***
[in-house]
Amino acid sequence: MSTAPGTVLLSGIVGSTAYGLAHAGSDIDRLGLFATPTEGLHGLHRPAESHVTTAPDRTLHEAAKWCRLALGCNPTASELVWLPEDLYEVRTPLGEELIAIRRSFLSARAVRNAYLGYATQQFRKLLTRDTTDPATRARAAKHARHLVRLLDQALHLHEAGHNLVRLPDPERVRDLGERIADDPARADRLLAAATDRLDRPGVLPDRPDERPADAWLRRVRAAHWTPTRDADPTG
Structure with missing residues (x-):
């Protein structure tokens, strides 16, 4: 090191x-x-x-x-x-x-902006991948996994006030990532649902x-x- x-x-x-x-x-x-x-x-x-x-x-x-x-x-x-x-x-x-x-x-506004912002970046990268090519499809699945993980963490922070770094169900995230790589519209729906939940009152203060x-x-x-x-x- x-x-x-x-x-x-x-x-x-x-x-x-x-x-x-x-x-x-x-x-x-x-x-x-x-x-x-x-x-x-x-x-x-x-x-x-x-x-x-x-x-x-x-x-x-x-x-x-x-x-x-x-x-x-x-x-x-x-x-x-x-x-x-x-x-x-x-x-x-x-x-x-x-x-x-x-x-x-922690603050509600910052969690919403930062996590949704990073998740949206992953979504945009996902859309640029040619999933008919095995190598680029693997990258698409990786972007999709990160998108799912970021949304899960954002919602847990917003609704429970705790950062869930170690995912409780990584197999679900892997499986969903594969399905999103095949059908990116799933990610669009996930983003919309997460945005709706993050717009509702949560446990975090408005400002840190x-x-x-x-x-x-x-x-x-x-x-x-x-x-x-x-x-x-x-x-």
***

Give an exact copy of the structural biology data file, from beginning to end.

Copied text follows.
[in-house]
Amino acid sequence: MSTAPGTVLLSGIVGSTAYGLAHAGSDIDRLGLFATPTEGLHGLHRPAESHVTTAPDRTLHEAAKWCRLALGCNPTASELVWLPEDLYEVRTPLGEELIAIRRSFLSARAVRNAYLGYATQQFRKLLTRDTTDPATRARAAKHARHLVRLLDQALHLHEAGHNLVRLPDPERVRDLGERIADDPARADRLLAAATDRLDRPGVLPDRPDERPADAWLRRVRAAHWTPTRDADPTG
Structure with missing residues (x-):
């Protein structure tokens, strides 16, 4: 090191x-x-x-x-x-x-902006991948996994006030990532649902x-x- x-x-x-x-x-x-x-x-x-x-x-x-x-x-x-x-x-x-x-x-506004912002970046990268090519499809699945993980963490922070770094169900995230790589519209729906939940009152203060x-x-x-x-x- x-x-x-x-x-x-x-x-x-x-x-x-x-x-x-x-x-x-x-x-x-x-x-x-x-x-x-x-x-x-x-x-x-x-x-x-x-x-x-x-x-x-x-x-x-x-x-x-x-x-x-x-x-x-x-x-x-x-x-x-x-x-x-x-x-x-x-x-x-x-x-x-x-x-x-x-x-x-922690603050509600910052969690919403930062996590949704990073998740949206992953979504945009996902859309640029040619999933008919095995190598680029693997990258698409990786972007999709990160998108799912970021949304899960954002919602847990917003609704429970705790950062869930170690995912409780990584197999679900892997499986969903594969399905999103095949059908990116799933990610669009996930983003919309997460945005709706993050717009509702949560446990975090408005400002840190x-x-x-x-x-x-x-x-x-x-x-x-x-x-x-x-x-x-x-x-």